If Carlo Ancelloti wanted his players to be able to have some foothold in the center of park, he failed at transmitting this message, as his midfielders failed to be in positions where they could exert influence in the middle and control the spaces in which they play. This led to few options ahead of the ball besides playing up the wing or cross. When combined with the increasing urgency to get numbers into the box to score to even the scoreline or get themselves back into the match after going 2-0 down, the perfect blend for PSG was in the works for unleashing their prized attackers.
Now onto the headline grabbers. This match was dominated by the front three of Paris, who have the potential to be the most exciting attacking line this year. PSG have designed their entire attacking strategy around the trio and have more or less deferred most attacking duties to them, with Rabiot and Verratti acting as support if they need it during circulation, while the full backs provide width just underneath if Neymar or Mbappe were positioned inside.
Mbappe frequently drifted inside just underneath Cavani to show an additional option in the center to play too, as Motta and Verratti each have high propensities to show deeper to receive the ball, not too dissimilar from Thiago and Tolisso did. The difference being with PSG is that their attack was designed to be more direct and their possession acted more as game management after they took they lead than it did as the primary way of getting to goal.
When it came to penetration, it largely came in two forms. It was either acheived through the dribbling prowess of Neymar and Mbappe, which Bayern struggled to deal with all evening, or Mbappe’s coveted ability to run in behind defenses thanks to his pace as seen with a tweet of mine below. With the second trait, the threat of that is an effective way of dismarking, and his ability to get free of Sule was influential in creating opportunities for himself and his teammates, particularly on the counter attack.
A reason Mbappe is so coveted is his timing of movements into depth. Combined with his pace, he's a huge threat on the counter & in the box. pic.twitter.com/1oZJ9gFPTa
— Austin Reynolds (@AReynolds70) August 15, 2017
With the dribbling abilities of Neymar and Mbappe, their ability to beat players on the dribble as a means of opening up passes for other players or creating shooting chances for themselves is among the world’s best. After all, they didn’t cost nine figures for nothing. Dribbling has several upsides to it as an action, namely how the danger of someone dribbling the ball gravitates other defenders toward the ball if one player is beat, due to a team’s natural inclination to close down the ball so that they can protect other valuable spaces. This helps explain why players who are particular skilled dribblers can have 2-3 players trying to slow them down, since they understand the intrinsic danger of having a player like that regularly beat defenders.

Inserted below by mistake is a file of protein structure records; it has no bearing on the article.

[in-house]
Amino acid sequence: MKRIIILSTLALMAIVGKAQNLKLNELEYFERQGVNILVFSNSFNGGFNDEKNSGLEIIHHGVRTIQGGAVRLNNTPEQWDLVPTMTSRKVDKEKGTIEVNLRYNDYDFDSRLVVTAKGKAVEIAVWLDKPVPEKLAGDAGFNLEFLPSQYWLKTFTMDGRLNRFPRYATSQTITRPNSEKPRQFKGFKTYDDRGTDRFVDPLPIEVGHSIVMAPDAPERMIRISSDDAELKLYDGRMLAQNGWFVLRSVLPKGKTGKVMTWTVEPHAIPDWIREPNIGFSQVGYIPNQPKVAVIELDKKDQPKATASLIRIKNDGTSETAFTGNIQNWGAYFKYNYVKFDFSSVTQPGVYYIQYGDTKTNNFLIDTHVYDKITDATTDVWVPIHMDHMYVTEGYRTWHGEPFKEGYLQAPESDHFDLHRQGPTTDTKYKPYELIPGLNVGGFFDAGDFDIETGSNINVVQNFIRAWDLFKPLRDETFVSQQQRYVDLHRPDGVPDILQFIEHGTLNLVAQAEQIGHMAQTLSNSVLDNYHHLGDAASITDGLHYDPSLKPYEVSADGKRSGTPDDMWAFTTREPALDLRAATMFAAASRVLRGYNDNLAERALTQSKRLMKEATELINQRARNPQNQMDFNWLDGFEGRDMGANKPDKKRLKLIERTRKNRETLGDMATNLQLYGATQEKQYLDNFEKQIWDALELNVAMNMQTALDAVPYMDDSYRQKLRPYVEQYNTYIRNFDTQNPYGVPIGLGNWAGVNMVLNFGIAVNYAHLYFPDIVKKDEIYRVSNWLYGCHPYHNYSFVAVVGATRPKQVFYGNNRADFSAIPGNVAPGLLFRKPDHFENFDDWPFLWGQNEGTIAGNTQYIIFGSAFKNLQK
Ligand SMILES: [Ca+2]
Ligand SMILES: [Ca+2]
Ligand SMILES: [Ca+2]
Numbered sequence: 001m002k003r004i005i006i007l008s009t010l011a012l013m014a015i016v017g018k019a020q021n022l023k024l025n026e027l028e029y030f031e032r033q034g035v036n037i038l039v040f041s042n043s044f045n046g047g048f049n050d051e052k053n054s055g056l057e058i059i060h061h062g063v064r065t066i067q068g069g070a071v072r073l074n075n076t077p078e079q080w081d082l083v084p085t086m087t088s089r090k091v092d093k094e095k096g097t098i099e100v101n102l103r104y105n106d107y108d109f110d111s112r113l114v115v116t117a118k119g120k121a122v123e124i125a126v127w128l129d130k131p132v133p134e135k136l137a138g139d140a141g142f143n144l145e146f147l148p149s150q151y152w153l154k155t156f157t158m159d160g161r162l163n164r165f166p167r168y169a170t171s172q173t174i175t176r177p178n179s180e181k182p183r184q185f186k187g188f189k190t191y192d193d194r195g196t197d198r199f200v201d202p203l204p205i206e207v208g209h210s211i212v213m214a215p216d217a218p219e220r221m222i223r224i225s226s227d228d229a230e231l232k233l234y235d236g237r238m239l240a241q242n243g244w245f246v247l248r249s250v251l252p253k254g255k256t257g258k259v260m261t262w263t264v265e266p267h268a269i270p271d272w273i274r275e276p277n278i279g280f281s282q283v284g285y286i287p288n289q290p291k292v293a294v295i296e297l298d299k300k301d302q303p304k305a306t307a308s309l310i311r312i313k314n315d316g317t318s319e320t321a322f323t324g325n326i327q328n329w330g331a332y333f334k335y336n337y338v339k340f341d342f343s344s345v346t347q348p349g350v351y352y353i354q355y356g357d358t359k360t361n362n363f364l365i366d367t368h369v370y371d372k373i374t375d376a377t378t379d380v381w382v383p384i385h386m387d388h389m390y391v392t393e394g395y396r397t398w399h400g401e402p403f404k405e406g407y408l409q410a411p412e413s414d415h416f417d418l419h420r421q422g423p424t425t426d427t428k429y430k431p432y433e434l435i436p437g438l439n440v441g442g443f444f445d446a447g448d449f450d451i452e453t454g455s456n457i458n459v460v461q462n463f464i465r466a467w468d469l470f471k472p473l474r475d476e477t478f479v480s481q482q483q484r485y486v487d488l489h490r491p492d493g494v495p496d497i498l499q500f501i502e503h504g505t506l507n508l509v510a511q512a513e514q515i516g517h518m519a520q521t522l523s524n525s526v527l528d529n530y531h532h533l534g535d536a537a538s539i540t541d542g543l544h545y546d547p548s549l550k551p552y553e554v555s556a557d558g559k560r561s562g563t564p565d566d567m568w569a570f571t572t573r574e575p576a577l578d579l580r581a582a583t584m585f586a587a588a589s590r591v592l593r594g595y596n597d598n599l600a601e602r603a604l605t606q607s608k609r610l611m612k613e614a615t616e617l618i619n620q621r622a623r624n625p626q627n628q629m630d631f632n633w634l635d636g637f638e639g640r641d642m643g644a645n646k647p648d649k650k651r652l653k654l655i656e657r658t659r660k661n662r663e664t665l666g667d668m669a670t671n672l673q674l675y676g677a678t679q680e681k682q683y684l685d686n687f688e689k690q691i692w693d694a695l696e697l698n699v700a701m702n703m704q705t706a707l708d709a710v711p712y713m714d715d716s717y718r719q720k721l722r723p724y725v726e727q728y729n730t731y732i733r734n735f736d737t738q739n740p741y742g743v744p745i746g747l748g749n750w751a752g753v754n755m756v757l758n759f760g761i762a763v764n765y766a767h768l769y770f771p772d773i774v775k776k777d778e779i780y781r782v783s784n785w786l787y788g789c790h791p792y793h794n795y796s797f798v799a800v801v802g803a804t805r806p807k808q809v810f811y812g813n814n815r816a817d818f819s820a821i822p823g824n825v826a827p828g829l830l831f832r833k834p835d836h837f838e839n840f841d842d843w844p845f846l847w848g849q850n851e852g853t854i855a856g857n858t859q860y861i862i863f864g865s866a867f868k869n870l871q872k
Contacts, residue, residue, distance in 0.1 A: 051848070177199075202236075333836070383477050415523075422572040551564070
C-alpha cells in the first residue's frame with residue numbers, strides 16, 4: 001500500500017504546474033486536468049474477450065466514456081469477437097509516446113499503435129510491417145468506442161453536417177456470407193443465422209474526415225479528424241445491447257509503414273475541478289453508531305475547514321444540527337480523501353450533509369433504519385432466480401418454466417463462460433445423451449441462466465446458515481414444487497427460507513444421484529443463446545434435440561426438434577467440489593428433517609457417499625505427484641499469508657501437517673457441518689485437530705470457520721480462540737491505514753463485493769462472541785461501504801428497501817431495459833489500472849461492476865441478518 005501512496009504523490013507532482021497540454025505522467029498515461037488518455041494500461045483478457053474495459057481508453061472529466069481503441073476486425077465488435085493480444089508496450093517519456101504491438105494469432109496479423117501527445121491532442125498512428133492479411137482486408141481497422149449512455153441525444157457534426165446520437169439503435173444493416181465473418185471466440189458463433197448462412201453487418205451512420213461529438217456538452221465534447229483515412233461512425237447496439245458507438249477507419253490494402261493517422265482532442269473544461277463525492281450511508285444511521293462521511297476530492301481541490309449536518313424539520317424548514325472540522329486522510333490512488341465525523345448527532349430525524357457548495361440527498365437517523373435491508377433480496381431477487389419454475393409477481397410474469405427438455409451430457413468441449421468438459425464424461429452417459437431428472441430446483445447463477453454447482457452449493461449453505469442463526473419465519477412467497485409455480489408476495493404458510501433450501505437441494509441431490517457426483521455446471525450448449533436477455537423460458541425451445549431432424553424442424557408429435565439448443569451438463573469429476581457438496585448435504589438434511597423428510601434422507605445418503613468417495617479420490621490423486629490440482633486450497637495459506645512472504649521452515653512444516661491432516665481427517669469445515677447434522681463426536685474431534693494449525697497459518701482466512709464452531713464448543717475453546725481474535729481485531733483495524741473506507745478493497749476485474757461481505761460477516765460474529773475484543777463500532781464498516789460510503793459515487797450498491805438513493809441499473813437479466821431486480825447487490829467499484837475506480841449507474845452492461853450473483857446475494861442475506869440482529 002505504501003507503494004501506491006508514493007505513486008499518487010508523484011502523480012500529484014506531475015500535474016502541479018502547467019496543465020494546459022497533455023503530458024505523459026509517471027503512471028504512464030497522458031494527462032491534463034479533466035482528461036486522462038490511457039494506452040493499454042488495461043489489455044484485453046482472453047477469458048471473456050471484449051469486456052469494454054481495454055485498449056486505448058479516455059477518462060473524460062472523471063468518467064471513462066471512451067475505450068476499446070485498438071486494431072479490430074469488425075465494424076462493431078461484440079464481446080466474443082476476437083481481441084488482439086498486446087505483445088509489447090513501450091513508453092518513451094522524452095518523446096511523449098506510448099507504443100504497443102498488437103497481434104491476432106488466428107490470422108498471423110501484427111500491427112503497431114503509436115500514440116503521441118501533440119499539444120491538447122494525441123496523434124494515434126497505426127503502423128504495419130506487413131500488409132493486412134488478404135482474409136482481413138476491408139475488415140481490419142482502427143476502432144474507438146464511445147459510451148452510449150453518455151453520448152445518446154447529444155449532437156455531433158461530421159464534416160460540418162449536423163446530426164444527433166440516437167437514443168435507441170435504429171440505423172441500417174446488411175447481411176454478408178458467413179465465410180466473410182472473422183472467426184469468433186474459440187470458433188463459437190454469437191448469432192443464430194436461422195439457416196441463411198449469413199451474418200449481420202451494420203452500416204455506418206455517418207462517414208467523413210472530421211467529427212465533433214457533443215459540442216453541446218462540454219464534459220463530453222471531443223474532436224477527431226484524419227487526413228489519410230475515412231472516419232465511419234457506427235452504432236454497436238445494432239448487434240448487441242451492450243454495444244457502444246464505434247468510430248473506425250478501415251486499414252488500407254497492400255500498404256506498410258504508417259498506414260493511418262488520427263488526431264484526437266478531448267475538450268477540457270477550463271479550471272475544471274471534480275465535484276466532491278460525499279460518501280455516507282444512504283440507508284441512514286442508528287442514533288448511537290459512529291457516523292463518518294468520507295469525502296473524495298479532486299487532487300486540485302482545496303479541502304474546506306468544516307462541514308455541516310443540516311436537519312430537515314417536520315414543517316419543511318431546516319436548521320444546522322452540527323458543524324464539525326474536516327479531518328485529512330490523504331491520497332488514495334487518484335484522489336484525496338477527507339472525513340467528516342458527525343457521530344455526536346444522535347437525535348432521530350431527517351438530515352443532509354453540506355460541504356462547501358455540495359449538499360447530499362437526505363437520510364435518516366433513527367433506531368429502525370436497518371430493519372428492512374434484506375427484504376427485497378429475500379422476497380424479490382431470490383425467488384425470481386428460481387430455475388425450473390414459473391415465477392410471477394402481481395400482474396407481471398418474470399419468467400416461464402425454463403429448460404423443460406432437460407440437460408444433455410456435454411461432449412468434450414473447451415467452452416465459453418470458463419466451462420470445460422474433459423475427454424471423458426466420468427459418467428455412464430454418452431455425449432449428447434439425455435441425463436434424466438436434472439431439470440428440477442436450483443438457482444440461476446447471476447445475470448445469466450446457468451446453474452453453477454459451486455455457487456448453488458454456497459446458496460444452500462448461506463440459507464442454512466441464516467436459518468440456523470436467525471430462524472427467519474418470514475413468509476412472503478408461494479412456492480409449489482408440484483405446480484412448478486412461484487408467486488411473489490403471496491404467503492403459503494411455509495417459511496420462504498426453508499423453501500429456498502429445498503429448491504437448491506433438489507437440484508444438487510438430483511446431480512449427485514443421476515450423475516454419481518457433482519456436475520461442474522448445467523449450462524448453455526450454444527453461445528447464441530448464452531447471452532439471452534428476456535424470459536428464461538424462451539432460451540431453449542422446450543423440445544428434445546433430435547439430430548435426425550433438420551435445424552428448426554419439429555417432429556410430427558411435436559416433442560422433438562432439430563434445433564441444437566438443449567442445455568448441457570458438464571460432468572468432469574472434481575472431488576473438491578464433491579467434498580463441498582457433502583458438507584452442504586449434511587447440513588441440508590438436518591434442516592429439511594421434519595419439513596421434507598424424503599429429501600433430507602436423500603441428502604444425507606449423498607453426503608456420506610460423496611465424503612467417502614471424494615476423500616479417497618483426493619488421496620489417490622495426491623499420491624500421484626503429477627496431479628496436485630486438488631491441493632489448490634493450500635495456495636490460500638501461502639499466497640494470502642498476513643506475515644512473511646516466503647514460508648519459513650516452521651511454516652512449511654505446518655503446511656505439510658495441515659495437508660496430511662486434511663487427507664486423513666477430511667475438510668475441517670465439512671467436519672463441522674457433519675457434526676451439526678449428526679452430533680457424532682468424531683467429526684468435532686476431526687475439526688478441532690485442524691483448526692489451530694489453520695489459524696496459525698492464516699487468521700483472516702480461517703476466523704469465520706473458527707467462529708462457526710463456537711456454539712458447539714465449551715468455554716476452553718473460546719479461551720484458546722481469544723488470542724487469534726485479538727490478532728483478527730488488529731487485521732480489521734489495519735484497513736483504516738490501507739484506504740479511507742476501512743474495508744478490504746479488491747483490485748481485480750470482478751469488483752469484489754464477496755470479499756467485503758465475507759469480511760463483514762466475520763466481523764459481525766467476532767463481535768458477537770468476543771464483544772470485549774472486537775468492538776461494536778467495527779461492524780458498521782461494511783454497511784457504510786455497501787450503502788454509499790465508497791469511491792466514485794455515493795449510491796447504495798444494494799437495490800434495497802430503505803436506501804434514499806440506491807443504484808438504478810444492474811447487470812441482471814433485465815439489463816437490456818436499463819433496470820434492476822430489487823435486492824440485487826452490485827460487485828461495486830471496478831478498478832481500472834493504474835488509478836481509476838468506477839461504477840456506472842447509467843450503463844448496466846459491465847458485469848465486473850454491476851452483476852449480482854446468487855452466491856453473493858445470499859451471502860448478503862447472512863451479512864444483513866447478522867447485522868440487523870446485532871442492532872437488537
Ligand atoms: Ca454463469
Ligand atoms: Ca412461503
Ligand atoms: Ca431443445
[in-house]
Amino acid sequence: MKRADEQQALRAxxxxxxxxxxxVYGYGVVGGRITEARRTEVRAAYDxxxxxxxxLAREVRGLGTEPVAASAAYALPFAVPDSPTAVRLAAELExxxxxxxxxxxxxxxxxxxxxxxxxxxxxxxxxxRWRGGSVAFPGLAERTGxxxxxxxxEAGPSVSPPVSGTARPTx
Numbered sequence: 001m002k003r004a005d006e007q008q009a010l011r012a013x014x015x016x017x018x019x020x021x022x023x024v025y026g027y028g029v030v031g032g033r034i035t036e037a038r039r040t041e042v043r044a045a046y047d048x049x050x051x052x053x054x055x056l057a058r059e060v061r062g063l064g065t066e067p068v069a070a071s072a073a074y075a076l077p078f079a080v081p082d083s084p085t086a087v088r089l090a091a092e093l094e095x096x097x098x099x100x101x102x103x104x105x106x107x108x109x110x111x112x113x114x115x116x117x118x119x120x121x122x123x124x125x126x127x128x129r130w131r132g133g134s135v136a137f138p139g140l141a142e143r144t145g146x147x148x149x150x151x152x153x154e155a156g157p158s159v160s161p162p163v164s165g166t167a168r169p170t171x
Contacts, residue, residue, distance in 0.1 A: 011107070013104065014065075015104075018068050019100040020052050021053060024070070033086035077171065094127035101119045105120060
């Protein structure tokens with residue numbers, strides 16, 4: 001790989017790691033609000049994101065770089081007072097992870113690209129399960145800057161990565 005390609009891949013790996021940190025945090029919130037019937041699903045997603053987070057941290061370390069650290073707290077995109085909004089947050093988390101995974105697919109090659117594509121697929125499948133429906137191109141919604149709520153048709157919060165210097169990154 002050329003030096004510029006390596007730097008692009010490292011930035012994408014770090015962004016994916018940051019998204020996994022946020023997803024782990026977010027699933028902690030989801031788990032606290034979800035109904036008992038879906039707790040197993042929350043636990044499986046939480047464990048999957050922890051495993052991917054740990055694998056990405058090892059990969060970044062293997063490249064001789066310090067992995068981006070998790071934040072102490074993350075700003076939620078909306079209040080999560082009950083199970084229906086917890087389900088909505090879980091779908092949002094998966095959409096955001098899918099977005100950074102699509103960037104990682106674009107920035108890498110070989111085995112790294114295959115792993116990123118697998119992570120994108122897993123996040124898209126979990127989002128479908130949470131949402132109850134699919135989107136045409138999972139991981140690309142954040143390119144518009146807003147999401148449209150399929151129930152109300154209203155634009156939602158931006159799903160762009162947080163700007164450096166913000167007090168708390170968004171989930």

For PSG’s first goal, Neymar’s dribbling threat caused Bayern to greatly overcommit numbers to him, which was aided by the diagonal movements of Mbappe and Cavani toward the Brazilian, seemingly worried about the probability of him beating more players on the dribble and shooting. In the process, Bayern neglected access to the right side of the pitch, leaving Dani Alves open to run into toward the top of the penalty area and finish. Neymar’s magnetic dribbling posed problems for Bayern throughout the contest, as whenever he would move out to the left wing to receive the ball, Javi Martinez’s starting position would drift wide as a result, opening more space in the interiors for Mbappe and Cavani to run in behind. In fact, Neymar missed two chances in what could aptly be described as an off night for him. His frustration was evident throughout with himself for squandering quality chances, but found himself on the scoresheet in minute 63.
Mbappe had a similar experience throughout the match as well with Niklas Sule when he would move toward the right flank. Sule would follow him as a manner of coping with the danger he provided and also since Alaba was caught higher up the pitch in the attack. Partnered with Dani Alves on the right, the two of them frequently posed issues down Bayern’s left flank throughout the evening in terms of their urgency in transition and timing of their runs forward to get on the end of passes from one another. Due to the qualitative pace advantage that Mbappe possessed coupled with his dribbling ability, he was an influential creator for Paris St. Germain, as reflected in his two assists.